As they resumed their journey, Jon saw the poor state of the villagers' houses and the still evident signs of the devastation caused by the recent typhoon. Trees that had their branches torn off by the strong winds were still growing new leaves and in some sections of the road, felled trees were simply moved to the side to give way to the infrequent traffic of trucks and passenger buses. Jorge said that not all of the roads had been cleared of landslide and debris and had they taken the usual route, they would have extended their trip by more than an hour. Fortunately, Jorge knew of an alternate route that led through dirt roads used by farmers bringing their produce to the market.The province was frequented by typhoons and was the worst hit area when a Category 5 ravaged the region a few months ago. Warnings had been given by the national weather bureau about the intensity of the typhoon before it struck and meteorologists noted the probability of storm surges. Howeve
The weather was calm, much to Jon's relief. He could see clearly across the ocean to the line of the distant horizon, broken only by a few islands that seemed to sprout out of the water. The leaves of the coconut trees that lined the beach barely swayed in the almost imperceptible breeze and the sky was a bright blue with a few seagulls flying across it. The occasional call of the birds could be heard in harmony with the rhythmic sound of the waves gently lapping the sandy beach.In other circumstances, Jon would have enjoyed relaxing and swimming in these turquoise waters. He could imagine himself hanging from a hammock between two coconut trees and sipping a glass of ice cold tropical fruit juice as he listened to the soothing sound of the waves. He wanted to close his eyes that very moment and lie on the sand as he listened to the sea that beckoned like a welcoming innkeeper, inviting wearied travelers to rest.The sound of laughter caught Jon's attention and he turned his gaze to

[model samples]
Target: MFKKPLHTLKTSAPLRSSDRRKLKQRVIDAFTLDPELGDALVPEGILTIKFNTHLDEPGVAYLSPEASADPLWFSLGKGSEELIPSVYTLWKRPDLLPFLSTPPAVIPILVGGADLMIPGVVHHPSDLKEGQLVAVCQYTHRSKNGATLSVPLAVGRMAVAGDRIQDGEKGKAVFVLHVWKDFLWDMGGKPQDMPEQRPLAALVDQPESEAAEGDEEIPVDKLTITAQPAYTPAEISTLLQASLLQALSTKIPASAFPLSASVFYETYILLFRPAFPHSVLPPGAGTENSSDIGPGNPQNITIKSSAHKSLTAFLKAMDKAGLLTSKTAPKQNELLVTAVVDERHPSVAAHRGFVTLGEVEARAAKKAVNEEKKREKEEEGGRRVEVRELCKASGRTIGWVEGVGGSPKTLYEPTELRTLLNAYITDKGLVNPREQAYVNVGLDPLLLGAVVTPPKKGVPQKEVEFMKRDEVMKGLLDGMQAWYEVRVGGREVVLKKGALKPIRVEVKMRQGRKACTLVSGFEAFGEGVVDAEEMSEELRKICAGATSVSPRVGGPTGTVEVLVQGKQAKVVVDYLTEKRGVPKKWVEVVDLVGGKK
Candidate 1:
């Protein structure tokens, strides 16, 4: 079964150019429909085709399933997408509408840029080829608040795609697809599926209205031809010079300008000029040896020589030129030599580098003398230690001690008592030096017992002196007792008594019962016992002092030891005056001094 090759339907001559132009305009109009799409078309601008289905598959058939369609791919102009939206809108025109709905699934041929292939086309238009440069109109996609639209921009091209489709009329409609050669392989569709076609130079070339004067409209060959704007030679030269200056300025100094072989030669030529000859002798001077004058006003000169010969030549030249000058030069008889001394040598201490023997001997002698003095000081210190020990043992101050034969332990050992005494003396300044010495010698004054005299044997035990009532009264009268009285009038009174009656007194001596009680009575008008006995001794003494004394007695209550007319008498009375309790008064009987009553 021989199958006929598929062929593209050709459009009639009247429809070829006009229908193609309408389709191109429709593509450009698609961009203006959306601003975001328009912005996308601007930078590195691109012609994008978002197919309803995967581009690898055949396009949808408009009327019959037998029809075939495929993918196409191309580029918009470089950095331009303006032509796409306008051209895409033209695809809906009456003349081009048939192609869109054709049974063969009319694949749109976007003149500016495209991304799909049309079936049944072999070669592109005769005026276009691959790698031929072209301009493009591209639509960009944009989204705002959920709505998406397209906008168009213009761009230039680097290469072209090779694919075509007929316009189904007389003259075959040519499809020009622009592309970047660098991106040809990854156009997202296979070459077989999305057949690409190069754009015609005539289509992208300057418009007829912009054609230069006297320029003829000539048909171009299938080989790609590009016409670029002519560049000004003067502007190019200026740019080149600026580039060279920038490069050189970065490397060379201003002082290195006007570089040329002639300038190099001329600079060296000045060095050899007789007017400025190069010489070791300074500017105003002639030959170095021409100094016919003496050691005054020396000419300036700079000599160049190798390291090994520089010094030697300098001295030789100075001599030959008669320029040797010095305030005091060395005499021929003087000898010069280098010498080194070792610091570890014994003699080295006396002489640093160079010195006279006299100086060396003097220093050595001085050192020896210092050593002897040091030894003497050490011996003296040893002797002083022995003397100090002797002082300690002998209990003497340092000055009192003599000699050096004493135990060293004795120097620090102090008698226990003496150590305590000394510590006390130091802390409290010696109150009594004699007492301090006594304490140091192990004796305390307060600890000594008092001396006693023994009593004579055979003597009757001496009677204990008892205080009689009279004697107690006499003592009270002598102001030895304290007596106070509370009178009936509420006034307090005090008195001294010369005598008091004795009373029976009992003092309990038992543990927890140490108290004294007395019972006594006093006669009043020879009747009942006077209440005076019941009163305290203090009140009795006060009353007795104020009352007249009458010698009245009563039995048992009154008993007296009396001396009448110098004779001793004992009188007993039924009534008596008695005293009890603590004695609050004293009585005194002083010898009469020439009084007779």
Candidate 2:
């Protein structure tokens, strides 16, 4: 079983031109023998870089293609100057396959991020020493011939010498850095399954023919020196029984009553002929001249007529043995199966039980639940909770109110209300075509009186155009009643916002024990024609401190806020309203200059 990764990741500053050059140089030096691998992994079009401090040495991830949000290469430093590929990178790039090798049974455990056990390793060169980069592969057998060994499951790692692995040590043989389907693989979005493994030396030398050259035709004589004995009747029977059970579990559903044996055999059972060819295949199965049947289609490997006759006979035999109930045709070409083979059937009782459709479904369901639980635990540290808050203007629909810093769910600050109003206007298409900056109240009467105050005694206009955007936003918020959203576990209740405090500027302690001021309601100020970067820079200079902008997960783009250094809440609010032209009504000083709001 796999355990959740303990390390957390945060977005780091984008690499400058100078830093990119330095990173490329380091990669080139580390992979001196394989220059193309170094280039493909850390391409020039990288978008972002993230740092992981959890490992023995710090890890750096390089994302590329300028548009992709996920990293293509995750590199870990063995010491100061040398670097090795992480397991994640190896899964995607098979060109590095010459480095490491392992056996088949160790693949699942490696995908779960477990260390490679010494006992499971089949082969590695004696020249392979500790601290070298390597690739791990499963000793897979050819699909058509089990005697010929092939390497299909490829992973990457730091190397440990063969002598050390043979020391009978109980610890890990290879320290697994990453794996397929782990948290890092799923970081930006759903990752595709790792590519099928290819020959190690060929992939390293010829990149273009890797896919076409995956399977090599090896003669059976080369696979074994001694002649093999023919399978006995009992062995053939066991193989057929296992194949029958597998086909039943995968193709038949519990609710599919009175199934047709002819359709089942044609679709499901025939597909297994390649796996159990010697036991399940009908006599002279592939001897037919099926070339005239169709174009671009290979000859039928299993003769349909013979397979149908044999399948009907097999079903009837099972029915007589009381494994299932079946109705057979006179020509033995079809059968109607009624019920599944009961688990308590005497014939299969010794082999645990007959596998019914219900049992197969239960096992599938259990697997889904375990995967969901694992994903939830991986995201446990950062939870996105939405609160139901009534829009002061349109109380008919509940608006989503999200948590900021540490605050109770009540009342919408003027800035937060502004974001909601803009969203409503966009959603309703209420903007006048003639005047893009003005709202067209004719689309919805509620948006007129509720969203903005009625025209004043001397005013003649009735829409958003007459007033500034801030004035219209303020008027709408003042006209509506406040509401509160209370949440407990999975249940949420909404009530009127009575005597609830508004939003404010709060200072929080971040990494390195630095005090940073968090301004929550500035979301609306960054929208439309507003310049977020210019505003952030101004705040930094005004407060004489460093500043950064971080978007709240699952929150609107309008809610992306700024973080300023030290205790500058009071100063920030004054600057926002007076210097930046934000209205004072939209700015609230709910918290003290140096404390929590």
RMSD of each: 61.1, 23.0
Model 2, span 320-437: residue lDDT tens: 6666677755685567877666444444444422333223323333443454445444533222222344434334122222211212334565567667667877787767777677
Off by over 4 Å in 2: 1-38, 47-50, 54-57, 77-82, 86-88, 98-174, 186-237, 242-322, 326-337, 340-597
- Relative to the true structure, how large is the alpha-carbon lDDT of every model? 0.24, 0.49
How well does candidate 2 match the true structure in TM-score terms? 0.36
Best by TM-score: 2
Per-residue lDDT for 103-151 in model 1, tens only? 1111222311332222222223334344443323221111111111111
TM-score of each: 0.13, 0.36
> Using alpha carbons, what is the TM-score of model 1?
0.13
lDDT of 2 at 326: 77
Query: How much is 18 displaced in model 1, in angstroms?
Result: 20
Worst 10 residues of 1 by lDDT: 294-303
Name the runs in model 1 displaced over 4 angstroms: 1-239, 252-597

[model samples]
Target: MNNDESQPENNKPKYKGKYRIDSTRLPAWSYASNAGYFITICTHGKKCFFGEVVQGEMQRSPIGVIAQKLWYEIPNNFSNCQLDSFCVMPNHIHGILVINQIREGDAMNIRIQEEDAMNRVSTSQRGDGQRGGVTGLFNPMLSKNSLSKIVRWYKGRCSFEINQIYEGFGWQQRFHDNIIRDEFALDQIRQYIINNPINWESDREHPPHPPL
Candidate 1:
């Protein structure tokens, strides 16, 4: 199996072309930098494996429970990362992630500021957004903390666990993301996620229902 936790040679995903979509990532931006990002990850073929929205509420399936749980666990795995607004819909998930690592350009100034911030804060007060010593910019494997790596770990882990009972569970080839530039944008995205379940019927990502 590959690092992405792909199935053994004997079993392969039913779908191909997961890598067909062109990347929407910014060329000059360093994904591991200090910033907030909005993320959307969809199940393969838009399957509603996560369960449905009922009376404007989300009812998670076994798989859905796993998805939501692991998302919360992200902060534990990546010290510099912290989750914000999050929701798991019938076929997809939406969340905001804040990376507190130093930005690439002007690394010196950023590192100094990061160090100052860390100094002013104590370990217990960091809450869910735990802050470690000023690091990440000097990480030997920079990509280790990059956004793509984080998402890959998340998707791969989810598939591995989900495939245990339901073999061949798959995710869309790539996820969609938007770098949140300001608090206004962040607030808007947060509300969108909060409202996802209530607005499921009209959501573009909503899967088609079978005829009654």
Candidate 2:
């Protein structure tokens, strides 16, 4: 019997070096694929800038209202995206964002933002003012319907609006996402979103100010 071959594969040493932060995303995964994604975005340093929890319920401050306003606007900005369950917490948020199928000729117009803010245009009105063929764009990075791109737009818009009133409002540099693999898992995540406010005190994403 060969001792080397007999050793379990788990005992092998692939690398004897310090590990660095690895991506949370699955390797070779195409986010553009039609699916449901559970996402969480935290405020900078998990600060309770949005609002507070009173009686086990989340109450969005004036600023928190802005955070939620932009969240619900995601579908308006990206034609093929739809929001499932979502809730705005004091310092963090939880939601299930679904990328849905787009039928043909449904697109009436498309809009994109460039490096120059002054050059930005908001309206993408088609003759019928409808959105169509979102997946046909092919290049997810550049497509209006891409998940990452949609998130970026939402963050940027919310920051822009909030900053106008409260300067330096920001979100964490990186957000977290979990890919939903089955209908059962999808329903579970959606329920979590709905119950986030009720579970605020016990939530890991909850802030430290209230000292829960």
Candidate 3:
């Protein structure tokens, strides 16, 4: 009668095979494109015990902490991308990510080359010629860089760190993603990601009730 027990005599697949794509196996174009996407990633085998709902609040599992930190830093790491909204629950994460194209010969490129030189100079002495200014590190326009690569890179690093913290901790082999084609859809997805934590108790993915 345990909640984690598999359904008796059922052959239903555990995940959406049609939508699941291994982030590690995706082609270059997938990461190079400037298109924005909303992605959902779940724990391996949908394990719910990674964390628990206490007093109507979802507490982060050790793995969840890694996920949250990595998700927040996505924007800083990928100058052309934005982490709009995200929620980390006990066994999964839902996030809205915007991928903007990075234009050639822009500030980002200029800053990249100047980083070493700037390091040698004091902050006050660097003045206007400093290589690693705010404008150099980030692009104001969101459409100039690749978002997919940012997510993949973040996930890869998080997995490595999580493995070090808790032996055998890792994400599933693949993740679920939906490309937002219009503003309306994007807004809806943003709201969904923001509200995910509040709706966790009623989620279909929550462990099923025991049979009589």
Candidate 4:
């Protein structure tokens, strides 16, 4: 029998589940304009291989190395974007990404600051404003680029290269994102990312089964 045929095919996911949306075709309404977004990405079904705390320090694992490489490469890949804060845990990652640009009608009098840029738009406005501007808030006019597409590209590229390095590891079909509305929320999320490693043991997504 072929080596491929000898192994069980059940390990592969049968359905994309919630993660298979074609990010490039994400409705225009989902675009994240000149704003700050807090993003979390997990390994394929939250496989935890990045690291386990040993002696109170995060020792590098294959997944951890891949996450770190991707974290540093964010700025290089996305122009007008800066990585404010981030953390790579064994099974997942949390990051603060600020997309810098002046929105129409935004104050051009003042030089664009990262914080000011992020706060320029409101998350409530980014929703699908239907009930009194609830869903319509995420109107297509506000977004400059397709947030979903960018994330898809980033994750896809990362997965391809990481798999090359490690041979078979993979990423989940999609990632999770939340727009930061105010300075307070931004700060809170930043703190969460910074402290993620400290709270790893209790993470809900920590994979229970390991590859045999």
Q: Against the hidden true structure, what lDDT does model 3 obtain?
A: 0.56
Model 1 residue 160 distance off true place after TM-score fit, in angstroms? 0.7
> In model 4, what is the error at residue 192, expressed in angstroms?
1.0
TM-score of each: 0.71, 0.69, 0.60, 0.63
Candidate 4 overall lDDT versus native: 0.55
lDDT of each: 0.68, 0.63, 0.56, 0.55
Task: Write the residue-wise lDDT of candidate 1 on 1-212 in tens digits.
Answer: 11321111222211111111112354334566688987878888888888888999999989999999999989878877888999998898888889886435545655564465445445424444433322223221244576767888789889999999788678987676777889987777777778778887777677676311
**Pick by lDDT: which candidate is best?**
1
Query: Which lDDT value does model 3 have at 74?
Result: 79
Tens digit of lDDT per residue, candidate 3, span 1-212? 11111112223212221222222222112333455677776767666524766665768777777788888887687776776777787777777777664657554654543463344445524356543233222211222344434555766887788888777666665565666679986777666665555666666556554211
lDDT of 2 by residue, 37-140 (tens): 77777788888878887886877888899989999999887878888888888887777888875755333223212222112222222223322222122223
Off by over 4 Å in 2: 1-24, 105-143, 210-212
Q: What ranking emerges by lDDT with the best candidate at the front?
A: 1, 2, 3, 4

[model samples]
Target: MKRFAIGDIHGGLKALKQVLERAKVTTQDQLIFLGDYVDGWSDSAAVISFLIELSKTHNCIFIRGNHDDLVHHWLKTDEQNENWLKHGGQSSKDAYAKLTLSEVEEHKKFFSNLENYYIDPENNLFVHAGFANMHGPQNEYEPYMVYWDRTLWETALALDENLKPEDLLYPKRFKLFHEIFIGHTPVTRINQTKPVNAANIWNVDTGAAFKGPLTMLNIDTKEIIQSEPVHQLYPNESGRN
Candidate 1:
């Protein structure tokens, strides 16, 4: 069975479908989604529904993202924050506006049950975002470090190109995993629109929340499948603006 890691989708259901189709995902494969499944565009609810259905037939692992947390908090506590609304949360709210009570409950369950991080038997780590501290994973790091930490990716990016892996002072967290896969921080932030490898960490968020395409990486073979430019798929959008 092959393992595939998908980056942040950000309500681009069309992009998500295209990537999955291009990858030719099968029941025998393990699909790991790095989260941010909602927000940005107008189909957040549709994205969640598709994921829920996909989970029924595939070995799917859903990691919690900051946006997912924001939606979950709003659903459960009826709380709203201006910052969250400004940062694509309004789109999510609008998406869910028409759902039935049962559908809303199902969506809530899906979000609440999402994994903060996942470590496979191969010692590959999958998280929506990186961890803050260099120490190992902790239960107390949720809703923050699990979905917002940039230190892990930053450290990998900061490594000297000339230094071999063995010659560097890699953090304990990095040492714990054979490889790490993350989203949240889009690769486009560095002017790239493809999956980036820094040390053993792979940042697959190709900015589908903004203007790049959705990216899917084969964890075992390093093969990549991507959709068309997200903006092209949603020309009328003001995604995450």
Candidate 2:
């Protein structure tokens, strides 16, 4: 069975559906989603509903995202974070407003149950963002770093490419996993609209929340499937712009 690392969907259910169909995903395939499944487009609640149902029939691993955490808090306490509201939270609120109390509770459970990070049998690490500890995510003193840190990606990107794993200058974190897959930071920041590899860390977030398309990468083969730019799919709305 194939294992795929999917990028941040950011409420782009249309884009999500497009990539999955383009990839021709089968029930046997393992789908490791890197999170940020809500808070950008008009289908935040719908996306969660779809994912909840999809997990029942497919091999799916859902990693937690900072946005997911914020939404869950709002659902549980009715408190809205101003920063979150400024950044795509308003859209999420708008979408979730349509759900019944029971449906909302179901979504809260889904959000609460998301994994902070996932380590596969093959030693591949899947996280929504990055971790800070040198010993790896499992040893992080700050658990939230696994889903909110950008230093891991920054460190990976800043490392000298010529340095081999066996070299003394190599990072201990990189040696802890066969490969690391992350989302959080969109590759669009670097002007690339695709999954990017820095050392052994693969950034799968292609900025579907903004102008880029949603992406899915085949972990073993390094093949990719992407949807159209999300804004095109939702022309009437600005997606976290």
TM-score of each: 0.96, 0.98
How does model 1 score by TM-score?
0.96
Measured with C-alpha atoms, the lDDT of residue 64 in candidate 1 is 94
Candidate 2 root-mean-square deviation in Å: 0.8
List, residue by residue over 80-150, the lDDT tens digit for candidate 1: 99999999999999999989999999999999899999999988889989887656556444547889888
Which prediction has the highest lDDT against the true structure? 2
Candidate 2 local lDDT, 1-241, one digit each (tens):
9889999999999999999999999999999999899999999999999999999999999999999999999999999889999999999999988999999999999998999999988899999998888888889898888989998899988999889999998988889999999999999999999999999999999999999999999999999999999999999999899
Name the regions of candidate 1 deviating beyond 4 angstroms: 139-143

The sharks continued to encircle the boat as it made its way through the tiny islets that seemed to sprout from the sea. The formations became more fantastic and grotesque as they moved southerly. The sun had moved closer to the horizon and the occasional flock of birds that flew overhead were already flying home.Jon decided to go to the deck to catch some air and watch the islets as the boat cruised along. The sharks had increased in number since he last saw them a few minutes ago with Captain Salazar. He felt agitated as he remembered the many stories and myths that revolved around these creatures. The closest encounter he had had with sharks before was when he went to an Aquatic Adventure theme park with Lisa a year ago. Before that, his knowledge of sharks were mostly from the movies he watched.Lisa had always been the expert on these things, Jon thought, as he tried to recall their previous conversations about the ocean predators.Shark attacks are fierce